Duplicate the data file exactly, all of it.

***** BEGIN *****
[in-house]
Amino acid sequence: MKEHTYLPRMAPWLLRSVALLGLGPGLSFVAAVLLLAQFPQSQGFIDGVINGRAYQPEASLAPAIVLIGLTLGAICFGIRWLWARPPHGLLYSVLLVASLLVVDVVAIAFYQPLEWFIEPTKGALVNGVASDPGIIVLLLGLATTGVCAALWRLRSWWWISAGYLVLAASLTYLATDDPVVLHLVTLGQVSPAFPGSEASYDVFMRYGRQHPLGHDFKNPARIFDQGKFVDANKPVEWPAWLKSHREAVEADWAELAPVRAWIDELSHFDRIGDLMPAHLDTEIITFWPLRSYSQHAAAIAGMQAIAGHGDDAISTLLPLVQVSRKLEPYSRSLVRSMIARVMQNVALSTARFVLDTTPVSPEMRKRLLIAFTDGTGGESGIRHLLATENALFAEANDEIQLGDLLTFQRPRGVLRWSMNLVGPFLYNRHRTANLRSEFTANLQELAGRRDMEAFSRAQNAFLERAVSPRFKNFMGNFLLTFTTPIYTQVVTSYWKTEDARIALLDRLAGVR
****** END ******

[in-house]
Amino acid sequence: MKEHTYLPRMAPWLLRSVALLGLGPGLSFVAAVLLLAQFPQSQGFIDGVINGRAYQPEASLAPAIVLIGLTLGAICFGIRWLWARPPHGLLYSVLLVASLLVVDVVAIAFYQPLEWFIEPTKGALVNGVASDPGIIVLLLGLATTGVCAALWRLRSWWWISAGYLVLAASLTYLATDDPVVLHLVTLGQVSPAFPGSEASYDVFMRYGRQHPLGHDFKNPARIFDQGKFVDANKPVEWPAWLKSHREAVEADWAELAPVRAWIDELSHFDRIGDLMPAHLDTEIITFWPLRSYSQHAAAIAGMQAIAGHGDDAISTLLPLVQVSRKLEPYSRSLVRSMIARVMQNVALSTARFVLDTTPVSPEMRKRLLIAFTDGTGGESGIRHLLATENALFAEANDEIQLGDLLTFQRPRGVLRWSMNLVGPFLYNRHRTANLRSEFTANLQELAGRRDMEAFSRAQNAFLERAVSPRFKNFMGNFLLTFTTPIYTQVVTSYWKTEDARIALLDRLAGVR